Demonstrative aids

Demonstrative aids are not just for the courtroom. Consider what visual aids such as maps, models or photographs can be used to flush out the witness’s testimony. It is common to be faced with a witness that is not very good at gauging distance or using polar directions. By having a Google map available for reference (and remember to clarify on the record that “left” is east) you will be able to obtain a clearer account and understanding of your case.

Create a timeline

Virtually every type of case will benefit from a timeline to help you understand the chronology of events. If there are medical issues involved, a medical chronology will allow you to follow the objective symptoms, subjective complaints, diagnoses and treatment over time.

A timeline of your client’s employment, evaluations, reprimands, awards, raises and bonuses will help you understand your client’s work history and performance. If knowledge or notice is an issue in your case, use memoranda, e-mails and other correspondence to give you an overview of who knew what and when.

Prepare a deposition outline

A deposition outline forces you to synthesize your materials and issues and helps you to remember any additional issues you want to use this deponent for, such as laying a foundation or eliciting specific background information. Most people prefer a checklist format, so that you are not tempted to read directly from the outline. An outline will allow you to conduct a non-chronological deposition or to follow any tempting tangent, and still insure that you cover everything you intended in the end.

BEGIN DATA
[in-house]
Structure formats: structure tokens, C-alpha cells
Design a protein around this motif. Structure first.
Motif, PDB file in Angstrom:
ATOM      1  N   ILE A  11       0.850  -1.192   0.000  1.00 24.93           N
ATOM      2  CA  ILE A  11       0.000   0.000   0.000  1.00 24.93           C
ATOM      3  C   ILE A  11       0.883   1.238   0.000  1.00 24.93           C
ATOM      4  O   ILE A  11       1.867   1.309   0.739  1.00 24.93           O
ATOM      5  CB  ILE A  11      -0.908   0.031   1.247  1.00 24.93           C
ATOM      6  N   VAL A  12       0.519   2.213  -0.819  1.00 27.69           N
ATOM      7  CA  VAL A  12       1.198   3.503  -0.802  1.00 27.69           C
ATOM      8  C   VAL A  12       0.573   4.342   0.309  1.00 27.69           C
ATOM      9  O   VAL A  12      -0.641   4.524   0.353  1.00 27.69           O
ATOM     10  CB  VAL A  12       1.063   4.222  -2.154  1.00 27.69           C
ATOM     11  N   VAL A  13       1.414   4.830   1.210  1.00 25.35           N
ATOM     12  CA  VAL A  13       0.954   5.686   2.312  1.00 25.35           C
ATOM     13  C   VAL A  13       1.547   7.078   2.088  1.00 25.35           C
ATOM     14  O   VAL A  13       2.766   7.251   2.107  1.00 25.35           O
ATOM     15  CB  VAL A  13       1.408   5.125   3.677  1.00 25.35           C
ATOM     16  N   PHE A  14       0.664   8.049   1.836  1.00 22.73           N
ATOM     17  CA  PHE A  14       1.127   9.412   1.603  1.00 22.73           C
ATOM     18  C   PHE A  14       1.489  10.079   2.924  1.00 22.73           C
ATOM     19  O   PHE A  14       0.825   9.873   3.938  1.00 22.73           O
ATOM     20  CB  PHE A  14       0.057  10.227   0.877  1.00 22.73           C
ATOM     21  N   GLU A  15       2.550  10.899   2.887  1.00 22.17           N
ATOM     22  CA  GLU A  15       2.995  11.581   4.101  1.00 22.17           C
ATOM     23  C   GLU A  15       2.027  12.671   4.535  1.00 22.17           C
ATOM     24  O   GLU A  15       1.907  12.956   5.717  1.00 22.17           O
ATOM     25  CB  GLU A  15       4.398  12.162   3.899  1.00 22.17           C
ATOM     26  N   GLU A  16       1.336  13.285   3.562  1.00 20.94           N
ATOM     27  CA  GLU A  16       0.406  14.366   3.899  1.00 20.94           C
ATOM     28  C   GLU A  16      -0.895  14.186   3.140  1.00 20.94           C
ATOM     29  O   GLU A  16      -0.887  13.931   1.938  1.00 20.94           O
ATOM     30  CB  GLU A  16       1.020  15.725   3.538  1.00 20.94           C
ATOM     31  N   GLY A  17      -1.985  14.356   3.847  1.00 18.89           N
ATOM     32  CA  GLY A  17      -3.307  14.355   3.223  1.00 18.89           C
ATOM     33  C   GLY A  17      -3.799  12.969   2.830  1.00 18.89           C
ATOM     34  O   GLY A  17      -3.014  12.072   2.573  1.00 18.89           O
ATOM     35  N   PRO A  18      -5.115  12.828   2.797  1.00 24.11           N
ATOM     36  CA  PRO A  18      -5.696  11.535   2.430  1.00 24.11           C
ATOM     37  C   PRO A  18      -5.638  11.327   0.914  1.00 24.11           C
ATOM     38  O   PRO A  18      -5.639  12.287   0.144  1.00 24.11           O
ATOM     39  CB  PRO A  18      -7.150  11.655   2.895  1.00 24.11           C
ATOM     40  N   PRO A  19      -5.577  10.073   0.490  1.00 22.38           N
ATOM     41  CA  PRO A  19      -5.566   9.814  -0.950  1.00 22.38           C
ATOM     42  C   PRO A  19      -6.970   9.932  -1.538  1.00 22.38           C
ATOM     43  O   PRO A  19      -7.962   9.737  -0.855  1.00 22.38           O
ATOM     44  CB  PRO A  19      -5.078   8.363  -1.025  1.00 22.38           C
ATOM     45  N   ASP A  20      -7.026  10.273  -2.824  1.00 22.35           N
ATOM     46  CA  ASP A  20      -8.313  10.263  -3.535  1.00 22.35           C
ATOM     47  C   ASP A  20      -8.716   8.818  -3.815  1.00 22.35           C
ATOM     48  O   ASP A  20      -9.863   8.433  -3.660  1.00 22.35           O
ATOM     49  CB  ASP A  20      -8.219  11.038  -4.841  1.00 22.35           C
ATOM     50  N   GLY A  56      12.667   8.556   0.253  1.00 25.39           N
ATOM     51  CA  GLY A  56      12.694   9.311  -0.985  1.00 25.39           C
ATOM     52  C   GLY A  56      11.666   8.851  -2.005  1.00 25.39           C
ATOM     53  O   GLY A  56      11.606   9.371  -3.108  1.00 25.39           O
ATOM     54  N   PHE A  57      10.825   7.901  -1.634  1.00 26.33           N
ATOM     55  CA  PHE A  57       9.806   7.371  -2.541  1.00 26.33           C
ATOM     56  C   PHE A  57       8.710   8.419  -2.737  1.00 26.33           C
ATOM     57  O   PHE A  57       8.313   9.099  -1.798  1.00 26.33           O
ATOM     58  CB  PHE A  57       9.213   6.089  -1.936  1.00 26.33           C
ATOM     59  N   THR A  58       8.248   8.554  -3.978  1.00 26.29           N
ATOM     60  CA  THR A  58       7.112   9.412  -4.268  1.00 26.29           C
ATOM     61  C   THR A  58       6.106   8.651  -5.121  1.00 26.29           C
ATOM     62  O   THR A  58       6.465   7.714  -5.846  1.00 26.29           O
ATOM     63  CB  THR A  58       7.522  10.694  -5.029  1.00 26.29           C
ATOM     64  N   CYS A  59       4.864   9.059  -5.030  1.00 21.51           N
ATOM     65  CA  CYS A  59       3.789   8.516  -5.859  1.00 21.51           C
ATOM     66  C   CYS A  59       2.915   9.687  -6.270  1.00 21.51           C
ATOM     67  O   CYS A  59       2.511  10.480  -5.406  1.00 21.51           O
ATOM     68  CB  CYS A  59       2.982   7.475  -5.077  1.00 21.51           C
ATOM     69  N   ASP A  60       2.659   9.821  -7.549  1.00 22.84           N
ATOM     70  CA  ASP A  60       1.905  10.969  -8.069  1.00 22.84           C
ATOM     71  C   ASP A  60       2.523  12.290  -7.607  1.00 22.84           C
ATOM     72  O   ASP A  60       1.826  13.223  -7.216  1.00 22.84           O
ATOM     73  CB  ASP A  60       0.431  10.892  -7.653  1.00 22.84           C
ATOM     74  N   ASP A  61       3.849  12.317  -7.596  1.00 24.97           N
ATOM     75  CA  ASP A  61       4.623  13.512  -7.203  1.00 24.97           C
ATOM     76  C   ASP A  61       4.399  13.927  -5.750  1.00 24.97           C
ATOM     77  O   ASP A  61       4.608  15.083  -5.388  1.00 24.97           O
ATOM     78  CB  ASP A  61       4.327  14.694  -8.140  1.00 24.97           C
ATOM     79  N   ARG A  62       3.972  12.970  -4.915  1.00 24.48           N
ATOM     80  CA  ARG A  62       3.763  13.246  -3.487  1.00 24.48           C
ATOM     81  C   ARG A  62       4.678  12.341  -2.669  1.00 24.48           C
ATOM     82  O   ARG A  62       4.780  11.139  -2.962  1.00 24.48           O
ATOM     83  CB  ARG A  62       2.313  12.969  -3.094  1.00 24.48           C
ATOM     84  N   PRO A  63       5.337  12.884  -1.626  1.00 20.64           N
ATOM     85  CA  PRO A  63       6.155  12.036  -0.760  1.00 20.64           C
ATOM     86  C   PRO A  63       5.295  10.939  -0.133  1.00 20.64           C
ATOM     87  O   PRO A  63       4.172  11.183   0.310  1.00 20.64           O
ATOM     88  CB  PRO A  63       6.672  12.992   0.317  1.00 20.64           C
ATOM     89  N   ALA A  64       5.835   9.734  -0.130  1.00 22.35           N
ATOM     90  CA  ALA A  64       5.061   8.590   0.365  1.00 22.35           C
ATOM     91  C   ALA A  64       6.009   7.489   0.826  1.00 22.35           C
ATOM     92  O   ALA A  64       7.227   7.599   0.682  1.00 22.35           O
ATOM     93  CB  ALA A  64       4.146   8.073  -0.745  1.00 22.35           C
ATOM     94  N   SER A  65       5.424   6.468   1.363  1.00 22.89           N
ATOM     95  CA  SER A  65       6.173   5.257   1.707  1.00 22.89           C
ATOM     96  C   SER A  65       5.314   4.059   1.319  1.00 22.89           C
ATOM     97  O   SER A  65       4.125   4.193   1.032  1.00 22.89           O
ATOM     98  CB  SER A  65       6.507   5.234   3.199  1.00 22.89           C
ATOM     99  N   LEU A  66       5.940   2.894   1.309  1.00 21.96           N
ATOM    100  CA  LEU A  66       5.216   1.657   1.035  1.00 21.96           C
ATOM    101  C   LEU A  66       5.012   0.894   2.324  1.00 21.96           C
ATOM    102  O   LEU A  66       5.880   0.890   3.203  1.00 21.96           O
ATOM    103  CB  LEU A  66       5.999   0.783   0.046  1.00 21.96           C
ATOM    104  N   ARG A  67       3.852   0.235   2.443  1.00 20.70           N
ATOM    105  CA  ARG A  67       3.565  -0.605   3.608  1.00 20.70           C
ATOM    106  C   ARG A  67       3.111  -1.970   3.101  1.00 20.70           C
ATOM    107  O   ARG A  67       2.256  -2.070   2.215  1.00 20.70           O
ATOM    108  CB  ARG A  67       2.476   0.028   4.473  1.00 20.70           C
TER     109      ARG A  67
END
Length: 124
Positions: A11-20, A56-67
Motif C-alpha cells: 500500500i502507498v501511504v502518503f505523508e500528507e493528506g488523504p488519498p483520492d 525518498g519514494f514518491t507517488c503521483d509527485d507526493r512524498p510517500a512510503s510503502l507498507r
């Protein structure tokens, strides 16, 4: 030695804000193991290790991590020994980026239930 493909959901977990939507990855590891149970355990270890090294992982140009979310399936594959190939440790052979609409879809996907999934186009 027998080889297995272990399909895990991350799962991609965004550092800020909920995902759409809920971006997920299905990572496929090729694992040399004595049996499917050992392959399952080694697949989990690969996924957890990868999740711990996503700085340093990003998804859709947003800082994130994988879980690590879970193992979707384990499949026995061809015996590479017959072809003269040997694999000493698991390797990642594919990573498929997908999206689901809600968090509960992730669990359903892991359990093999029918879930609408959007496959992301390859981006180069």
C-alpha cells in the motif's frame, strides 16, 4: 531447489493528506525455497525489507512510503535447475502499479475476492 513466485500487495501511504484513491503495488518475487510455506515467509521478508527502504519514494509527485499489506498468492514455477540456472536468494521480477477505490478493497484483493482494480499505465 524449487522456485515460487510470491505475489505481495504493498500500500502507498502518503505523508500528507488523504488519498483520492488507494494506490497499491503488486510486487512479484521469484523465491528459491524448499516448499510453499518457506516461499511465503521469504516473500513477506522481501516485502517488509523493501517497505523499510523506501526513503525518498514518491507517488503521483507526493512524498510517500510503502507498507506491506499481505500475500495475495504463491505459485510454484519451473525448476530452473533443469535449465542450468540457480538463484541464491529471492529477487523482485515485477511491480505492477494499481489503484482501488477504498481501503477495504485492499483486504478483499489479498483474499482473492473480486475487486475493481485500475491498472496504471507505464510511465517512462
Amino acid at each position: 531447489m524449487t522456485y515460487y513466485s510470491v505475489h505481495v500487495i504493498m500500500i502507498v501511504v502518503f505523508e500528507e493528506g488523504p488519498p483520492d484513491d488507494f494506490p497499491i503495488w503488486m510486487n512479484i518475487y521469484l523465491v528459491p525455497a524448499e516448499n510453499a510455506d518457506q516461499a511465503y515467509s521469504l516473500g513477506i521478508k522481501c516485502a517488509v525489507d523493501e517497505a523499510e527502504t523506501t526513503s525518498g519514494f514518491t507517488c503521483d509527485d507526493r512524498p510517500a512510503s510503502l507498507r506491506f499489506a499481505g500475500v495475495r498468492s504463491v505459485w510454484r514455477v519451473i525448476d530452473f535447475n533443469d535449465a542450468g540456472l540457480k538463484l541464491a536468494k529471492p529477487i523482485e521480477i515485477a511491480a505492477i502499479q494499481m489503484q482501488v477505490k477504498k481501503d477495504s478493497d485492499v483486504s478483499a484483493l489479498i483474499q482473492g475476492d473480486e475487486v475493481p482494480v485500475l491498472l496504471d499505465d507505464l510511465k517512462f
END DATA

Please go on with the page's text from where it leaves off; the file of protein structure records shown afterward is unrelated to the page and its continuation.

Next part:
Days before the depo


Confirm your deposition location, witness attendance, court reporter and if necessary, translator and videographer. Make sure you have everyone’s contact information and preferably a cell phone number. It is not fun to sit waiting while someone is lost or late, unable to send word they are on their way.

To videotape or not to videotape

This is the time to decide if you want to videotape your deposition. As all deposition notices should go out with notice that the deposition of the deponent may be videotaped pursuant to Code of Civil Procedure section 2025.220(a)(5), the decision to videotape the deposition can be left until you have more information.

In making this decision, consider what the odds are that the case will settle. If there is a good chance you may go to trial, having videotaped testimony is infinitely more interesting to a jury than reading from a transcript. Also, if you are deposing an out-of-state witness, remember that there is no way to force them to appear at trial, so you usually want to videotape these depositions. Conversely, if settlement is a good possibility, this may be an opportunity to bring out the big guns and show defense counsel and the witness how they would stand up to aggressive cross-examination. In that case, you probably do not want your tone and demeanor captured on video.


By following these suggestions, you will be well prepared at your deposition and in the best position to successfully resolve your case.

Karen Stromeyer Karen Stromeyer

Karen Stromeyer is a senior associate attorney at Murphy, Pearson, Bradley & Feeney with a practice emphasizing general civil litigation including defending lawyers against claims of professional liability. Prior to joining Murphy, Pearson, Bradley & Feeney, she spent several years as an associate at a prominent plaintiffs’ firm in San Francisco where she represented catastrophically injured individuals.

William Veen William Veen

William Veen founded The Veen Firm, P.C. as a sole practitioner in 1975, gradually developing it into a firm of talented attorneys and staff who represent severely injured workers and consumers. He is a member of the American Board of Trial Advocates and honored as the Trial Lawyer of the Year by the San Francisco Trial Lawyers Association in 2003.